Editorials

Investing for retirement? Better stay vigilant, even with new rules

U.S. Secretary of Labor Thomas Perez spoke earlier this month at a Labor Department news conference at the Center for American Progress in Washington, D.C. The Labor Department announced sweeping rules that could transform the financial advice given to people saving for retirement by requiring brokers and advisers to put their clients’ interest first.
U.S. Secretary of Labor Thomas Perez spoke earlier this month at a Labor Department news conference at the Center for American Progress in Washington, D.C. The Labor Department announced sweeping rules that could transform the financial advice given to people saving for retirement by requiring brokers and advisers to put their clients’ interest first. Bloomberg

Once upon a time, workers didn’t have to make too many decisions about saving for retirement. Companies offered decent pensions and promised those payments would arrive like clockwork.

Like most stories that begin “once upon a time,” that time is long gone. With employers no longer offering new pensions, all employees face a lot of decisions. How much do you save? Which funds do you invest in? And who is a good financial adviser to help figure it all out?

Many people assume that their financial adviser works in their best interest, but clients aren’t always Priority No. 1. Too many advisers still tilt toward their own profit over their customers’.

Shifting that paradigm proved difficult — until now.

After years of battling Wall Street and insurance companies, the U.S. Department of Labor has released a reasonably straightforward plan that’s a huge step toward protecting investors. It requires any financial adviser or broker who handles tax-preferred retirement investments to put the client’s interests first.

That means higher-fee investments or riskier options must play second fiddle to best investments for individuals, based on their circumstances. Sometimes that “best” investment might not be the cheapest. But what matters is that the advisers keep their eyes on their clients’ pocketbooks, not their own.

This is an important example of government working to protect citizens from unscrupulous actors.

Research used by the Obama administration estimated that conflicts of interest in the way many investment professionals operate cost Americans about $17 billion a year. That’s no small change.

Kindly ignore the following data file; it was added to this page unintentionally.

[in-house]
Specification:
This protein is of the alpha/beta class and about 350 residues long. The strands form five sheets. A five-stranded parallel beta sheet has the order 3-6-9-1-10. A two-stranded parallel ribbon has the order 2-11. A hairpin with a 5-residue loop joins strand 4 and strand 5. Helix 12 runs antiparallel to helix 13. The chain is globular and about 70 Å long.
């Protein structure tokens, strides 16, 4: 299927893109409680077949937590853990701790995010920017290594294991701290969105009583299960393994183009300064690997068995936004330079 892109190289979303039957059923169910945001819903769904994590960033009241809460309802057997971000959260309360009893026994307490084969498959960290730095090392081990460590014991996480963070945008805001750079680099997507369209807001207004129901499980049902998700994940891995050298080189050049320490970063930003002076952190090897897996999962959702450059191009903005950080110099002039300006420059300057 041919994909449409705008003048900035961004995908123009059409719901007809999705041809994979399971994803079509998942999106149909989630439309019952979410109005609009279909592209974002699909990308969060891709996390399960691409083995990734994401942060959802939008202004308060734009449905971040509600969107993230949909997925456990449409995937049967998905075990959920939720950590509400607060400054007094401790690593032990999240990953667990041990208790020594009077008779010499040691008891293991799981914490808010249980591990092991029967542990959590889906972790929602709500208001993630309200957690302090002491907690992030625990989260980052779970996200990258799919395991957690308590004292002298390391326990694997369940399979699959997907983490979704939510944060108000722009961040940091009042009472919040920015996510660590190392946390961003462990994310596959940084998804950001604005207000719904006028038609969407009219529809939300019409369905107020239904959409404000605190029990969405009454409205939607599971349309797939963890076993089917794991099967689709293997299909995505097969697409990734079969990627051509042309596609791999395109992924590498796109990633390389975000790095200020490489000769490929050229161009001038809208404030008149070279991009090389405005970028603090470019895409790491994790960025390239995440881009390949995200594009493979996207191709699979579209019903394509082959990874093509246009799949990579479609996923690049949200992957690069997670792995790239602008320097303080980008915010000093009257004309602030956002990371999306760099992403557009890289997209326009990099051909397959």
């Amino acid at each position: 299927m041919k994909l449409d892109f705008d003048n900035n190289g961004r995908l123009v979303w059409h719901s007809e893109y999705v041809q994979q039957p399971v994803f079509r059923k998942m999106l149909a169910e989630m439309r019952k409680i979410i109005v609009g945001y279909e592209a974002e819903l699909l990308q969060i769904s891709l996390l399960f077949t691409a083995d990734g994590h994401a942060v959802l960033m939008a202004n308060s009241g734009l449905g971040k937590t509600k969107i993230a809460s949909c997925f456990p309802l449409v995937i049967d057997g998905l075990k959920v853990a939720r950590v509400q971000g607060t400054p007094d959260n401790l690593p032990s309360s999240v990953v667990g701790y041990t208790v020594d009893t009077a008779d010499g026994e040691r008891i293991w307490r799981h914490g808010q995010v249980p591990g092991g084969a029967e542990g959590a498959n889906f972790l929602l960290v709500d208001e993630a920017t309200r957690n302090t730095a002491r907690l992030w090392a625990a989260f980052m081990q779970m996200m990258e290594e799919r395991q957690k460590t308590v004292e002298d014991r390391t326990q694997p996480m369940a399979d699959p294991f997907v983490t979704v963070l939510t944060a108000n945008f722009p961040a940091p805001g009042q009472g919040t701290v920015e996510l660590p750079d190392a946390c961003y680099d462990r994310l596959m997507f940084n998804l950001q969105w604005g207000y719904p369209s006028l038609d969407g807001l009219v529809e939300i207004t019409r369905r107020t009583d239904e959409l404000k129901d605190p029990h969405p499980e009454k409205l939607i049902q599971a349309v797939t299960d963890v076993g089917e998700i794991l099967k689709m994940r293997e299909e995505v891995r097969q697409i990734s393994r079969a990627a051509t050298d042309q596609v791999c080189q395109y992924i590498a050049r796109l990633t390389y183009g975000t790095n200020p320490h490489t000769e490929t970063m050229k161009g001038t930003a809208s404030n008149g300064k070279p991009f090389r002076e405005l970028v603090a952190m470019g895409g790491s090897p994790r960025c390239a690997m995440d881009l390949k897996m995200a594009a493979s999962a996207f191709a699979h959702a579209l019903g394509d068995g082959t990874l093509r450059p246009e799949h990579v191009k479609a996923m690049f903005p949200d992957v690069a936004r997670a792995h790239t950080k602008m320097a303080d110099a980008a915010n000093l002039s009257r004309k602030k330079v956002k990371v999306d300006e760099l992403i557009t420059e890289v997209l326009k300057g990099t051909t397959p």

Plus, this isn’t a matter strictly for seniors. Younger workers who change jobs and must roll over and reinvest retirement accounts are just as in need of good advice as seniors on fixed assets.

Before you breathe a sigh of relief, some words of caution. The proposal doesn’t begin to take effect until a year from now and won’t be fully in place for two years. A lot can go wrong in that time frame.

For starters, a polarized Republican-led Congress hates any idea sprung from the Obama administration and is threatening to derail it. President Barack Obama, rightly, promised to veto any obstructionist legislation.

The threat of a lawsuit from financial powerhouses, however, is significant and could slow implementation.

And a presidential election occurs before the rule is fully in force. A Republican administration might act to undermine its predecessor’s good work.

The best defense for consumers is a good offense. And that’s not easy.

It requires everyone to be a bit of an investigator into an adviser’s background and certification. When interviewing one, demand a layman’s explanation for every investment recommendation. Full disclosure of fees is fundamental. As always, “too good to be true” investment return promises must be challenged.

So who gets conned? All sorts of investors, from the wealthy to the lower income. Remember Bernie Madoff? Lots of once-rich folks do, with regret.

With the days of guaranteed pensions short, the need for more consumer-focused protections grows. The administration listened to critics, amended its proposal and is keeping individuals’ retirement security concerns paramount.

The Department of Labor has been responsible for protecting retirement accounts in tax-preferred plans since 1974, when Congress enacted the Employee Retirement Income Security Act. In the decades since, much has changed.

New times call for new protections. The federal government is right to act. Its good work should not be undermined by lawsuits, legislation or future presidential backtracking.

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